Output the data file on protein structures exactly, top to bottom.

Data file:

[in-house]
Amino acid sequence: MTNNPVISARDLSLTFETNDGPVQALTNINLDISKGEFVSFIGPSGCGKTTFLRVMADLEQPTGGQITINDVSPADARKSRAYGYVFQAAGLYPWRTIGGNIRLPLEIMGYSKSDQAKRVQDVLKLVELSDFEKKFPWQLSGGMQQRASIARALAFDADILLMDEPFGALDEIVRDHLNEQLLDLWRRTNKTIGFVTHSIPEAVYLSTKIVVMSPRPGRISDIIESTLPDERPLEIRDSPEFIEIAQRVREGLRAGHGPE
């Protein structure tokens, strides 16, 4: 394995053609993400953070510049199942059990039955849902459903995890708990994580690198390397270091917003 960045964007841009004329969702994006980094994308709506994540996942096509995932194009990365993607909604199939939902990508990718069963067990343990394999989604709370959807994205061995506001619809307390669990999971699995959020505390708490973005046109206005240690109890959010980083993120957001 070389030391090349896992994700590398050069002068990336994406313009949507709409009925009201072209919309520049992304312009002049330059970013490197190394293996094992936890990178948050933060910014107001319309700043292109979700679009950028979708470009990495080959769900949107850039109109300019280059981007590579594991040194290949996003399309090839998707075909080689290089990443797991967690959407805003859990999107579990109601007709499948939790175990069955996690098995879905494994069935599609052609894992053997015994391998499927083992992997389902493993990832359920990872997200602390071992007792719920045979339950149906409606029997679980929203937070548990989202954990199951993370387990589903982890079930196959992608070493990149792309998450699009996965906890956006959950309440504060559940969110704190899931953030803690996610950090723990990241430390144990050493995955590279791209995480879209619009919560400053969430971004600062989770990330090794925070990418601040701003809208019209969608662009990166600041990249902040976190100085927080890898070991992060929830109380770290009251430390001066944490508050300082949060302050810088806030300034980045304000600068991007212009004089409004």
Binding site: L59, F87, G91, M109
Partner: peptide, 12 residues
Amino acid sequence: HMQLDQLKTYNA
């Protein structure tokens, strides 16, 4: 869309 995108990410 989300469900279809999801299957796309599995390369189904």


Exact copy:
[in-house]
Amino acid sequence: MTNNPVISARDLSLTFETNDGPVQALTNINLDISKGEFVSFIGPSGCGKTTFLRVMADLEQPTGGQITINDVSPADARKSRAYGYVFQAAGLYPWRTIGGNIRLPLEIMGYSKSDQAKRVQDVLKLVELSDFEKKFPWQLSGGMQQRASIARALAFDADILLMDEPFGALDEIVRDHLNEQLLDLWRRTNKTIGFVTHSIPEAVYLSTKIVVMSPRPGRISDIIESTLPDERPLEIRDSPEFIEIAQRVREGLRAGHGPE
């Protein structure tokens, strides 16, 4: 394995053609993400953070510049199942059990039955849902459903995890708990994580690198390397270091917003 960045964007841009004329969702994006980094994308709506994540996942096509995932194009990365993607909604199939939902990508990718069963067990343990394999989604709370959807994205061995506001619809307390669990999971699995959020505390708490973005046109206005240690109890959010980083993120957001 070389030391090349896992994700590398050069002068990336994406313009949507709409009925009201072209919309520049992304312009002049330059970013490197190394293996094992936890990178948050933060910014107001319309700043292109979700679009950028979708470009990495080959769900949107850039109109300019280059981007590579594991040194290949996003399309090839998707075909080689290089990443797991967690959407805003859990999107579990109601007709499948939790175990069955996690098995879905494994069935599609052609894992053997015994391998499927083992992997389902493993990832359920990872997200602390071992007792719920045979339950149906409606029997679980929203937070548990989202954990199951993370387990589903982890079930196959992608070493990149792309998450699009996965906890956006959950309440504060559940969110704190899931953030803690996610950090723990990241430390144990050493995955590279791209995480879209619009919560400053969430971004600062989770990330090794925070990418601040701003809208019209969608662009990166600041990249902040976190100085927080890898070991992060929830109380770290009251430390001066944490508050300082949060302050810088806030300034980045304000600068991007212009004089409004």
Binding site: L59, F87, G91, M109
Partner: peptide, 12 residues
Amino acid sequence: HMQLDQLKTYNA
């Protein structure tokens, strides 16, 4: 869309 995108990410 989300469900279809999801299957796309599995390369189904």